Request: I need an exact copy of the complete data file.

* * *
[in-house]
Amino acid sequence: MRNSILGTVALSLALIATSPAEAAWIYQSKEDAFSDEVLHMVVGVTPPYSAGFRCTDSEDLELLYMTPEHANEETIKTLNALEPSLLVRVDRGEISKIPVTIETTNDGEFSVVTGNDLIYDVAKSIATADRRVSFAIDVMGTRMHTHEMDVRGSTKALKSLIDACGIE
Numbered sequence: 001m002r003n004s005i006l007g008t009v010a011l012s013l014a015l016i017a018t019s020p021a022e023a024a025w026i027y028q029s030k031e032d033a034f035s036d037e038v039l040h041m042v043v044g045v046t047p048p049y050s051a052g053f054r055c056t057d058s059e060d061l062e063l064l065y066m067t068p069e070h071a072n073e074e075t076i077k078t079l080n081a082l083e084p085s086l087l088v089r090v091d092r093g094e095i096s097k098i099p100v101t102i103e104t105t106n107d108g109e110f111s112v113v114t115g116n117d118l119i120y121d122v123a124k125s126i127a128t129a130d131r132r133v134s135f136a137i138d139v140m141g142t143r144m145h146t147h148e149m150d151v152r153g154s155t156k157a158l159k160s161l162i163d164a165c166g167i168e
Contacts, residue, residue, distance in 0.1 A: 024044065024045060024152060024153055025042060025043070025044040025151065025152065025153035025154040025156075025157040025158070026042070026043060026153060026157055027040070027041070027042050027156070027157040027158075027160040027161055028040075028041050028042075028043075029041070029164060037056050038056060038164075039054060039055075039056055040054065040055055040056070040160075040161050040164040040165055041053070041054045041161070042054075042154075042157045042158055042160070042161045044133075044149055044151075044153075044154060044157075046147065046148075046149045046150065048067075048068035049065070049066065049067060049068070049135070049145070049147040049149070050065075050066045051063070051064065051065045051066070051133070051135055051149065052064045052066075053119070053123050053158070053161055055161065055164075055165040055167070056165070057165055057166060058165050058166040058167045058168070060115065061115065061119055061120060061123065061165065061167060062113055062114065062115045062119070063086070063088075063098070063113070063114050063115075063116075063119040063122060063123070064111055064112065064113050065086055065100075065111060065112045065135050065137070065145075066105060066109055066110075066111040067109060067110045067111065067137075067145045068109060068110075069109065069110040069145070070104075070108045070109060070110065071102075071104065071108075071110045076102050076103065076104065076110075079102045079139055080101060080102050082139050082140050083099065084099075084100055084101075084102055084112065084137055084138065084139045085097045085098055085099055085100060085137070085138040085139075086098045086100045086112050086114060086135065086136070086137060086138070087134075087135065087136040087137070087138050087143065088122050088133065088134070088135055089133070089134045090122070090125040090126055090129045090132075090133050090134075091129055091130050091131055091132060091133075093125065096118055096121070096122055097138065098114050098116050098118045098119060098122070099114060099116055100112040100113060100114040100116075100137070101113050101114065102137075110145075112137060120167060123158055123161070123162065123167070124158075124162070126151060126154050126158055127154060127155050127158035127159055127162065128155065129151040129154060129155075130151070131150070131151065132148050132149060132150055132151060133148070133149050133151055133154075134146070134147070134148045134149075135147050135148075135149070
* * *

[in-house]
Amino acid sequence: MRNSILGTVALSLALIATSPAEAAWIYQSKEDAFSDEVLHMVVGVTPPYSAGFRCTDSEDLELLYMTPEHANEETIKTLNALEPSLLVRVDRGEISKIPVTIETTNDGEFSVVTGNDLIYDVAKSIATADRRVSFAIDVMGTRMHTHEMDVRGSTKALKSLIDACGIE
Numbered sequence: 001m002r003n004s005i006l007g008t009v010a011l012s013l014a015l016i017a018t019s020p021a022e023a024a025w026i027y028q029s030k031e032d033a034f035s036d037e038v039l040h041m042v043v044g045v046t047p048p049y050s051a052g053f054r055c056t057d058s059e060d061l062e063l064l065y066m067t068p069e070h071a072n073e074e075t076i077k078t079l080n081a082l083e084p085s086l087l088v089r090v091d092r093g094e095i096s097k098i099p100v101t102i103e104t105t106n107d108g109e110f111s112v113v114t115g116n117d118l119i120y121d122v123a124k125s126i127a128t129a130d131r132r133v134s135f136a137i138d139v140m141g142t143r144m145h146t147h148e149m150d151v152r153g154s155t156k157a158l159k160s161l162i163d164a165c166g167i168e
Contacts, residue, residue, distance in 0.1 A: 024044065024045060024152060024153055025042060025043070025044040025151065025152065025153035025154040025156075025157040025158070026042070026043060026153060026157055027040070027041070027042050027156070027157040027158075027160040027161055028040075028041050028042075028043075029041070029164060037056050038056060038164075039054060039055075039056055040054065040055055040056070040160075040161050040164040040165055041053070041054045041161070042054075042154075042157045042158055042160070042161045044133075044149055044151075044153075044154060044157075046147065046148075046149045046150065048067075048068035049065070049066065049067060049068070049135070049145070049147040049149070050065075050066045051063070051064065051065045051066070051133070051135055051149065052064045052066075053119070053123050053158070053161055055161065055164075055165040055167070056165070057165055057166060058165050058166040058167045058168070060115065061115065061119055061120060061123065061165065061167060062113055062114065062115045062119070063086070063088075063098070063113070063114050063115075063116075063119040063122060063123070064111055064112065064113050065086055065100075065111060065112045065135050065137070065145075066105060066109055066110075066111040067109060067110045067111065067137075067145045068109060068110075069109065069110040069145070070104075070108045070109060070110065071102075071104065071108075071110045076102050076103065076104065076110075079102045079139055080101060080102050082139050082140050083099065084099075084100055084101075084102055084112065084137055084138065084139045085097045085098055085099055085100060085137070085138040085139075086098045086100045086112050086114060086135065086136070086137060086138070087134075087135065087136040087137070087138050087143065088122050088133065088134070088135055089133070089134045090122070090125040090126055090129045090132075090133050090134075091129055091130050091131055091132060091133075093125065096118055096121070096122055097138065098114050098116050098118045098119060098122070099114060099116055100112040100113060100114040100116075100137070101113050101114065102137075110145075112137060120167060123158055123161070123162065123167070124158075124162070126151060126154050126158055127154060127155050127158035127159055127162065128155065129151040129154060129155075130151070131150070131151065132148050132149060132150055132151060133148070133149050133151055133154075134146070134147070134148045134149075135147050135148075135149070